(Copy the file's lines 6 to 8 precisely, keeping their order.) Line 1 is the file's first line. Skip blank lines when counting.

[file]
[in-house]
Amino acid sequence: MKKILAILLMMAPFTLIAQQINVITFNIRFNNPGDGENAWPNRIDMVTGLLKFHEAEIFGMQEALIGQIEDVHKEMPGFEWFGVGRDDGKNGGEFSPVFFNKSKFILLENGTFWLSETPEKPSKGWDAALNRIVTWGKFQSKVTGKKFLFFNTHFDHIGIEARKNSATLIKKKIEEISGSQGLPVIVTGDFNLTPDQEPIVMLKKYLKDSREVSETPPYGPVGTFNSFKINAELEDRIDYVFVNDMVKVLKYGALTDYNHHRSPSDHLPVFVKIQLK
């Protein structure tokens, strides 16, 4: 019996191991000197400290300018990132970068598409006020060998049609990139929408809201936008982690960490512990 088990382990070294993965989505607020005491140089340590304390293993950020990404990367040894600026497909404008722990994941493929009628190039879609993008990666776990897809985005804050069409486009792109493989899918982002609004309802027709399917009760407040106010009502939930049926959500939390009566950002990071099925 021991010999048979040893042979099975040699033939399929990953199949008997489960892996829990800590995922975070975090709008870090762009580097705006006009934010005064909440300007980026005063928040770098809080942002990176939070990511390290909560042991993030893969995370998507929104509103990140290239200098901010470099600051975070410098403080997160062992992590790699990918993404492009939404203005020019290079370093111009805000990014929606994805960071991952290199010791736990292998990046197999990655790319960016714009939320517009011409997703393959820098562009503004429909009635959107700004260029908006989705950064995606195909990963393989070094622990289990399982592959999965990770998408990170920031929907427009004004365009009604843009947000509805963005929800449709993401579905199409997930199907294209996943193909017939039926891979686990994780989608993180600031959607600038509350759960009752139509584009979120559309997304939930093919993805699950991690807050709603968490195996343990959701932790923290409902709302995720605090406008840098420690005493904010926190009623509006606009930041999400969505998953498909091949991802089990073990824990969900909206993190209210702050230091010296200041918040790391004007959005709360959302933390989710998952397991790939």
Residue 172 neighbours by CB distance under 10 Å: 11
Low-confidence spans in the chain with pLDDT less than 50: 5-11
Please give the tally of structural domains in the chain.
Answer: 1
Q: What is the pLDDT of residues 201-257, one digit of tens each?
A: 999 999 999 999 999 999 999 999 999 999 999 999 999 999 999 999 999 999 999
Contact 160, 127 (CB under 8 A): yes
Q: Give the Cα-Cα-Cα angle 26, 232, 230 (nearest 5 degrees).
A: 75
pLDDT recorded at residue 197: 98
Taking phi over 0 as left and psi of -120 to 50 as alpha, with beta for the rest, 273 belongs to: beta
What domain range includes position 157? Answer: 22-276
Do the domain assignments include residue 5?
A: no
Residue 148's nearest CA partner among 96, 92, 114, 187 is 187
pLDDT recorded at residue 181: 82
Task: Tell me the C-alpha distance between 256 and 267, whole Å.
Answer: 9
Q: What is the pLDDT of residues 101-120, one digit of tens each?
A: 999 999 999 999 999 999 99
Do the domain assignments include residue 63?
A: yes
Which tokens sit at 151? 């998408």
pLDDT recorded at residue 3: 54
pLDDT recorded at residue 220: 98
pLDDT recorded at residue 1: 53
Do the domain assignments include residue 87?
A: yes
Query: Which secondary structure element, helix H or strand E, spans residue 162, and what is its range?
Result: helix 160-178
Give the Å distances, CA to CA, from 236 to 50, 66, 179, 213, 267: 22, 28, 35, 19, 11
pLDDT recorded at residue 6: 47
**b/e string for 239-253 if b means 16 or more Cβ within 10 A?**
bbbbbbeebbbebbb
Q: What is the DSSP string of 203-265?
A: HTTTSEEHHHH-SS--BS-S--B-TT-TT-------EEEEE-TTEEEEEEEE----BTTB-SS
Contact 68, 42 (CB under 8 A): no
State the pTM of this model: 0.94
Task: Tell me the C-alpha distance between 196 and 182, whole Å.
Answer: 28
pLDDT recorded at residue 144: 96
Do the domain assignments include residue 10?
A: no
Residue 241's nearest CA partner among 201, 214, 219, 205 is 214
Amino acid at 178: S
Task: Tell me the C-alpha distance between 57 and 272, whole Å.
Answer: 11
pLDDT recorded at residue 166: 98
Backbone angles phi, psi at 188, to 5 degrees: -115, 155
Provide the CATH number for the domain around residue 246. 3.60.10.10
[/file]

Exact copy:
Please give the tally of structural domains in the chain.
Answer: 1
Q: What is the pLDDT of residues 201-257, one digit of tens each?